The beverage alcohol industry has never seen a category explosion quite as dramatic as the rise of hard seltzer. The category which was largely non-existent until 2018, grew by triple digits until 2020 and now represents a 7% share of total beverage alcohol, according to IRI.
Before making a move into this hot category, here are some facts to know about how hard seltzer is classified and regulated in the U.S.
Hard Seltzer Product Classification
It’s important to note the federal agency that regulates alcohol– the Alcohol and Tobacco Tax and Trade Bureau or TTB–does not have a legal definition for hard seltzer, alcoholic seltzer, spiked seltzer, or hard sparkling water for that matter. The commonly used definition for hard seltzer comes from trade publications and data firms. This is where much of the confusion stems from.
As a result, hard seltzer products typically fall into two categories:
- Malt beverage – a product made with malted barley and hops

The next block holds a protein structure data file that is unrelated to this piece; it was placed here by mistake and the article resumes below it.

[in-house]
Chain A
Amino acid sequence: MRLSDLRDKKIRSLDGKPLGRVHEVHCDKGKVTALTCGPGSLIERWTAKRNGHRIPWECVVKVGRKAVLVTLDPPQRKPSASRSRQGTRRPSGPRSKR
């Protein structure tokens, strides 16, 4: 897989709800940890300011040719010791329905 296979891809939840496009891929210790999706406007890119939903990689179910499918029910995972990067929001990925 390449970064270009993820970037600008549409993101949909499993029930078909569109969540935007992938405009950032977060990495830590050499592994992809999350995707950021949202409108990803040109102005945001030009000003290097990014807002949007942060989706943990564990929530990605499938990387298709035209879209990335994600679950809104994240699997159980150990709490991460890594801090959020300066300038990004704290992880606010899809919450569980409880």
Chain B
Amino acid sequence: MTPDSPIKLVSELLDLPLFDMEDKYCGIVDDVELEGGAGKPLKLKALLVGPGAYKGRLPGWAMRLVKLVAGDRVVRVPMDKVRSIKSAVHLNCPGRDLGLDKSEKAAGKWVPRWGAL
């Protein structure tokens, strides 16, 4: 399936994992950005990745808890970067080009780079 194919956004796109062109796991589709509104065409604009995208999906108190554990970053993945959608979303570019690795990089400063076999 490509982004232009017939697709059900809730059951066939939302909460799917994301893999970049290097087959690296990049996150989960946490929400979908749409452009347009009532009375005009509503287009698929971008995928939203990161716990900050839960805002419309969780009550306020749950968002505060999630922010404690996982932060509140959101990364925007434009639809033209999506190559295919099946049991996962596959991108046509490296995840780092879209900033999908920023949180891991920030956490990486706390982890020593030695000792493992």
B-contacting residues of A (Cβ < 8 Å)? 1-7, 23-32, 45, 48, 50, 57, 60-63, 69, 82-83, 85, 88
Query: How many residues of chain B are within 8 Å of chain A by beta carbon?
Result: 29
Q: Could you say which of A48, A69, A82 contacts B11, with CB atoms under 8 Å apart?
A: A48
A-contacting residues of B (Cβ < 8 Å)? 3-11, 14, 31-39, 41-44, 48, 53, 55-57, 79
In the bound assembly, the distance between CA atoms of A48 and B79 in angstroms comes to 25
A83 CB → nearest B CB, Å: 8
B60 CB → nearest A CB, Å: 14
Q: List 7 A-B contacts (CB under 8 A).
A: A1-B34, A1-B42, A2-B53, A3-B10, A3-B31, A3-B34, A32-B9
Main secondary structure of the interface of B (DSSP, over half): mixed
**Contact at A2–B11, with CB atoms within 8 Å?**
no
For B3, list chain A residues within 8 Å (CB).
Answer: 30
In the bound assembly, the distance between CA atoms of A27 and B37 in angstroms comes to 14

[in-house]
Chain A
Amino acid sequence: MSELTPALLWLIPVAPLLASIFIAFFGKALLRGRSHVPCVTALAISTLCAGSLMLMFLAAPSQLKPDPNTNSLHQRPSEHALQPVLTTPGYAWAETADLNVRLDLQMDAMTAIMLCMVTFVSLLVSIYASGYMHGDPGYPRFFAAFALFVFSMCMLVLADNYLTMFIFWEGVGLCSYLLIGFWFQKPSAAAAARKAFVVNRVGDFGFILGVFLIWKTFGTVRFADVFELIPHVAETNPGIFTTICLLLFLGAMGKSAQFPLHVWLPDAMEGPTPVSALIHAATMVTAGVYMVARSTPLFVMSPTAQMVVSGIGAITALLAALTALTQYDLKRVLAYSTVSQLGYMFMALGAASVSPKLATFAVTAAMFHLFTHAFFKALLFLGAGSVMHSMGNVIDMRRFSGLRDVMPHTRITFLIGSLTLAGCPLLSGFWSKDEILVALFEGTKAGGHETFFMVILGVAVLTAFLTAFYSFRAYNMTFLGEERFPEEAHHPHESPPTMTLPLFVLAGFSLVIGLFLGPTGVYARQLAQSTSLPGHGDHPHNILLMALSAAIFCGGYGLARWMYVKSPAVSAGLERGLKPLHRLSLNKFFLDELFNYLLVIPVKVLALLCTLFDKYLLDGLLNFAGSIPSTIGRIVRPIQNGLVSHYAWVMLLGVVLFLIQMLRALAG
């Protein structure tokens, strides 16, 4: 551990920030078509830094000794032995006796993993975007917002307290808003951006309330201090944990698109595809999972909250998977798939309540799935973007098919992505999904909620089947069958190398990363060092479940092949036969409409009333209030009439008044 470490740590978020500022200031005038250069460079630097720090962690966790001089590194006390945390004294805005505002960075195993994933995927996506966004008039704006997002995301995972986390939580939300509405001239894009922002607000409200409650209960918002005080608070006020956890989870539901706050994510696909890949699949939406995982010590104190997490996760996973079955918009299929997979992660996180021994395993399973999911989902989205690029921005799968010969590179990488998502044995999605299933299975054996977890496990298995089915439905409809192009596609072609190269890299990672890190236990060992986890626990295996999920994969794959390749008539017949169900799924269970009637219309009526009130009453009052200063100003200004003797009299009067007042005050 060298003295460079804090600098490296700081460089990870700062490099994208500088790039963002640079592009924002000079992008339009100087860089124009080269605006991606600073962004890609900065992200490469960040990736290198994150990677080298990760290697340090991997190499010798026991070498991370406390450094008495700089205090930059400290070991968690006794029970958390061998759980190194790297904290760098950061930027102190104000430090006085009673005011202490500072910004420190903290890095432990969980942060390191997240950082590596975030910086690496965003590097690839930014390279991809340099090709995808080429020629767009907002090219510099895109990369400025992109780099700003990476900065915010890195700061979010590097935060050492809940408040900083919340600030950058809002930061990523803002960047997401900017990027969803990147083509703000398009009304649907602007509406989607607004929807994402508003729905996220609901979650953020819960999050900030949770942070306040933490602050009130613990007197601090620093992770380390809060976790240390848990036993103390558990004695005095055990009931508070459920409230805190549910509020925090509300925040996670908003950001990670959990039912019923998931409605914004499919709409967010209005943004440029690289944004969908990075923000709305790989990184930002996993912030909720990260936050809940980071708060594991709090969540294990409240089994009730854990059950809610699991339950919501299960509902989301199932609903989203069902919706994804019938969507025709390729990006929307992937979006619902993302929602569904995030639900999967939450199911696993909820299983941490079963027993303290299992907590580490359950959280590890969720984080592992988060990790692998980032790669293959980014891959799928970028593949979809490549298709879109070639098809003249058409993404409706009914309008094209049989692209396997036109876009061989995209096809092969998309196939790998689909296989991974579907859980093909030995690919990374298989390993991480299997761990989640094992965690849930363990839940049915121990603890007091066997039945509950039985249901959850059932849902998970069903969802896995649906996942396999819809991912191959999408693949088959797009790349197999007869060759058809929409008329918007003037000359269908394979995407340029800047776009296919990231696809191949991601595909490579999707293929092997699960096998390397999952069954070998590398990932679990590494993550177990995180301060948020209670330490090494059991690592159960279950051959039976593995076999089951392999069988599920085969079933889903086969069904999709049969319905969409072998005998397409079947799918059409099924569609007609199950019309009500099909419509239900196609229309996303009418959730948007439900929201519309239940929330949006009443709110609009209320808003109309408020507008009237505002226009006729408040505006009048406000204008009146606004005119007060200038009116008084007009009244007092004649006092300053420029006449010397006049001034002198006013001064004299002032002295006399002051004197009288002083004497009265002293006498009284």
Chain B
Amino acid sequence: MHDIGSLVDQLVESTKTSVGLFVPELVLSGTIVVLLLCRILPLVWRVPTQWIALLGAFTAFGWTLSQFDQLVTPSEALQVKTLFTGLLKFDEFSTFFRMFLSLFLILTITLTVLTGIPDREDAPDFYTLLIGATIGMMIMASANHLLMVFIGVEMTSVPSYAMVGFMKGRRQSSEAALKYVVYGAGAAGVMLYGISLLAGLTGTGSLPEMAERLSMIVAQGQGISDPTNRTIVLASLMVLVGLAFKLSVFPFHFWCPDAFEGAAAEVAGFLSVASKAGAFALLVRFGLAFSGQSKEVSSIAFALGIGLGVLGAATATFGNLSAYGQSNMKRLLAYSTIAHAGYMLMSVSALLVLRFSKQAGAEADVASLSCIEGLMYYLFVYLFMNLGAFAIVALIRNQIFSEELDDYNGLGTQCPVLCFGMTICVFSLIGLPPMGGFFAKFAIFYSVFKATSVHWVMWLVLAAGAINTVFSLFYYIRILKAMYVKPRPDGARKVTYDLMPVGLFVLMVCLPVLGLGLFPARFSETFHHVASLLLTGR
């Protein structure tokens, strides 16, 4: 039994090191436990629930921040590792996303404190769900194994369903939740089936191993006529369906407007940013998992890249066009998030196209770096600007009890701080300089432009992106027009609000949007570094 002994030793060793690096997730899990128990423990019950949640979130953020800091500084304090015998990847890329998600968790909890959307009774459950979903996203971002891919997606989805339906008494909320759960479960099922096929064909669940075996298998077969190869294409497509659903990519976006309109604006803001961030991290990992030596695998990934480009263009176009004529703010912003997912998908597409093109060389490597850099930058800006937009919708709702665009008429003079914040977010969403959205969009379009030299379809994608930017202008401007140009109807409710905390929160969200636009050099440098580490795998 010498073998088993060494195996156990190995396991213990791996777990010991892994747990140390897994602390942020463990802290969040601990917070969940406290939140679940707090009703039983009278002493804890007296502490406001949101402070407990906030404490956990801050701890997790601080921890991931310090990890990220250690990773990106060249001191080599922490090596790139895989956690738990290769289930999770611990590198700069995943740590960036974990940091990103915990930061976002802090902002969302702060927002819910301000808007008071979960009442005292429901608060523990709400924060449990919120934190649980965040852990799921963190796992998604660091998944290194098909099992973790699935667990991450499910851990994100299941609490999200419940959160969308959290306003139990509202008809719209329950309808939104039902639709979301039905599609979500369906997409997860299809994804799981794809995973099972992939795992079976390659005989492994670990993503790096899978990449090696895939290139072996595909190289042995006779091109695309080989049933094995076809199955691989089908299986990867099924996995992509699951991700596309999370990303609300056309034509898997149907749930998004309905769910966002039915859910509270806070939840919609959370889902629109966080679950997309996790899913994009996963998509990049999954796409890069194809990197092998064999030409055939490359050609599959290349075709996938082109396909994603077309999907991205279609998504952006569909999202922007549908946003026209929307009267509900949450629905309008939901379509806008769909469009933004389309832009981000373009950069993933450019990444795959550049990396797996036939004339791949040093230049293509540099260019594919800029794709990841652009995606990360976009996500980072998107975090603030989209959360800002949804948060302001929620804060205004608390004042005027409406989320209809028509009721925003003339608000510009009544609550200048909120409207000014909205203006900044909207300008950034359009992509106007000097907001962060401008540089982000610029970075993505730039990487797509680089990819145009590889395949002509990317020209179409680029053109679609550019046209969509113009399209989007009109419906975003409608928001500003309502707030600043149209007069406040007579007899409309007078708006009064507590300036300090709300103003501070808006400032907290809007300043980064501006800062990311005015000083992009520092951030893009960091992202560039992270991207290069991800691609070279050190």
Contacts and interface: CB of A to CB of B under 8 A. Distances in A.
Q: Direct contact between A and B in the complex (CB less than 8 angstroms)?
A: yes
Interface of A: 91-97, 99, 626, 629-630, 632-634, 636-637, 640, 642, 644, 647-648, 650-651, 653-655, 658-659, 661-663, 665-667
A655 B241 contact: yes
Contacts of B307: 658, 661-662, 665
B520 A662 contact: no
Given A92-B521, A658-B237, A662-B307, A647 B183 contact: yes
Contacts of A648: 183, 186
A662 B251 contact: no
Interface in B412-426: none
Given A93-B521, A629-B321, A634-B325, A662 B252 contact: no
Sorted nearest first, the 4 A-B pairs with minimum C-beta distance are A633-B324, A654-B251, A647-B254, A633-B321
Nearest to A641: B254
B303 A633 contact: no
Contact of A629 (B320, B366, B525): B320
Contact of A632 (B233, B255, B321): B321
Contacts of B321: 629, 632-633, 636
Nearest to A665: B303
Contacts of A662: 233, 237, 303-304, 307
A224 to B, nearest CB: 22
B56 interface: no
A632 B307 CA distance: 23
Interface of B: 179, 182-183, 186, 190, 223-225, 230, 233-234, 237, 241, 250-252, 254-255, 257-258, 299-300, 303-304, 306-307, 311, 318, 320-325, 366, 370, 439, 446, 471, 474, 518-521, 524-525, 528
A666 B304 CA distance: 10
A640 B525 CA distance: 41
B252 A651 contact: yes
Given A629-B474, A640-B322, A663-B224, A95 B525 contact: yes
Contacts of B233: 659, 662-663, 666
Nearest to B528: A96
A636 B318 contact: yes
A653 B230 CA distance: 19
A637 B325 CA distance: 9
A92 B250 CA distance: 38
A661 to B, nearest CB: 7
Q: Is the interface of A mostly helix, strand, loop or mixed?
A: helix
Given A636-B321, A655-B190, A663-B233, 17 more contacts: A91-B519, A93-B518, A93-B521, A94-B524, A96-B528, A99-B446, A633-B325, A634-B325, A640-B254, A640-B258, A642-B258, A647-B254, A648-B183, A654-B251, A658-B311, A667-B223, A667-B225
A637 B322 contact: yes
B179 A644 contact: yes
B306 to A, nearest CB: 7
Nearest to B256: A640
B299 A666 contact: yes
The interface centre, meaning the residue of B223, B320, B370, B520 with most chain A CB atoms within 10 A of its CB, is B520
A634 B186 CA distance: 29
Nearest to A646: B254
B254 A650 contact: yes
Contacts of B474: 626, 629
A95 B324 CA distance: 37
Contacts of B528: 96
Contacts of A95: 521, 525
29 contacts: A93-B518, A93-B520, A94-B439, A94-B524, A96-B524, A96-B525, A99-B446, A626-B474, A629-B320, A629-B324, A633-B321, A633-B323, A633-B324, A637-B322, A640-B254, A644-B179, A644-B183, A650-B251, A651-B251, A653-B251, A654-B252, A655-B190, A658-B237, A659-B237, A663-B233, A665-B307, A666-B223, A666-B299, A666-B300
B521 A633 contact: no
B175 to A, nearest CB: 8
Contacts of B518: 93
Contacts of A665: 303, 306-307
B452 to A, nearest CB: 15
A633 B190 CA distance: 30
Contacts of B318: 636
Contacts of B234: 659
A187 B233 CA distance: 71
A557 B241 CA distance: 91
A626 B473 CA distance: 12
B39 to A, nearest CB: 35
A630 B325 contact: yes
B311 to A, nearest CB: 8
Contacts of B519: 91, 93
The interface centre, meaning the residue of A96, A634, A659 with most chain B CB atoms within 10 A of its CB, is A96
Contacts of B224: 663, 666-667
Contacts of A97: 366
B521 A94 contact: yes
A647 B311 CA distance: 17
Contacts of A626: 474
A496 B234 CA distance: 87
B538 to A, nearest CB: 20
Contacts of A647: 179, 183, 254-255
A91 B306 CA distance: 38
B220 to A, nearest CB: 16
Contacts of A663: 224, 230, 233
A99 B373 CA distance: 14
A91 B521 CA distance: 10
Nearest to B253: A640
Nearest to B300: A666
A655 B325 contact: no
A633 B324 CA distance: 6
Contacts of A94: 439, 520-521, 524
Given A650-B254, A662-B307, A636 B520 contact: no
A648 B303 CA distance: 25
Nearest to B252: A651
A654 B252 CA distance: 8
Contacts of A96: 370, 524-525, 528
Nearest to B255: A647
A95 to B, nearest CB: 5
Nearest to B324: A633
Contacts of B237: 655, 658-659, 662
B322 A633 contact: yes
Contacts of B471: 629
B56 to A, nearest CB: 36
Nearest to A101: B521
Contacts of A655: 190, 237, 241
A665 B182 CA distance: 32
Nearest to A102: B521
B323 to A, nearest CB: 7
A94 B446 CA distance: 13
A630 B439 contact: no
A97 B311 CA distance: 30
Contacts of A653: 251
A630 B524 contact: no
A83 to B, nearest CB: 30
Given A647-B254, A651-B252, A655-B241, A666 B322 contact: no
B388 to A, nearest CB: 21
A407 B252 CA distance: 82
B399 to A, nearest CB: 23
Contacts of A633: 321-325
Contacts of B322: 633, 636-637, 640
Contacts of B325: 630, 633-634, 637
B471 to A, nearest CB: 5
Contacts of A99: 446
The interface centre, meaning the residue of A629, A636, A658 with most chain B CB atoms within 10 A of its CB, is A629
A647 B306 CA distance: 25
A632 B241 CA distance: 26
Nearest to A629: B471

- Beer – a product made without malted barley and hops
These ingredients determine whether the product will technically be classified as a beer or a malt beverage. Beverages made with malted barley and hops are classified as both beer (by the Internal Revenue Code) and as malt beverages (by the Federal Alcohol Administration Act.)
Beverages that are not made with malted barley or hops are classified solely as beer. This includes products made from fermented sugar or malted barley without hops.
Malt Beverage Labeling Requirements
Malt beverage hard seltzers must receive a Certificate of Label Approval (COLA) from the TTB.
The label submissions must contain a government health warning statement, a brand name, the type of product, the bottler name & address, net contents, alcohol content, and declaration of certain ingredients (ex. colorings, flavorings).
If any flavoring or coloring is added to the final product, a formula approval will also be required from the TTB. Most brewery products do fall into this category, according to the TTB.
Beer Labeling Requirements
Hard seltzers classified as beer do not need a COLA Approval from the TTB, but the label must follow FDA food labeling regulations. The label will still need the brewer’s name, net contents, type of product, place of production, and government health warning statement. Additionally, FDA labels typically require a nutrition facts panel and ingredients statements, which the TTB does not require.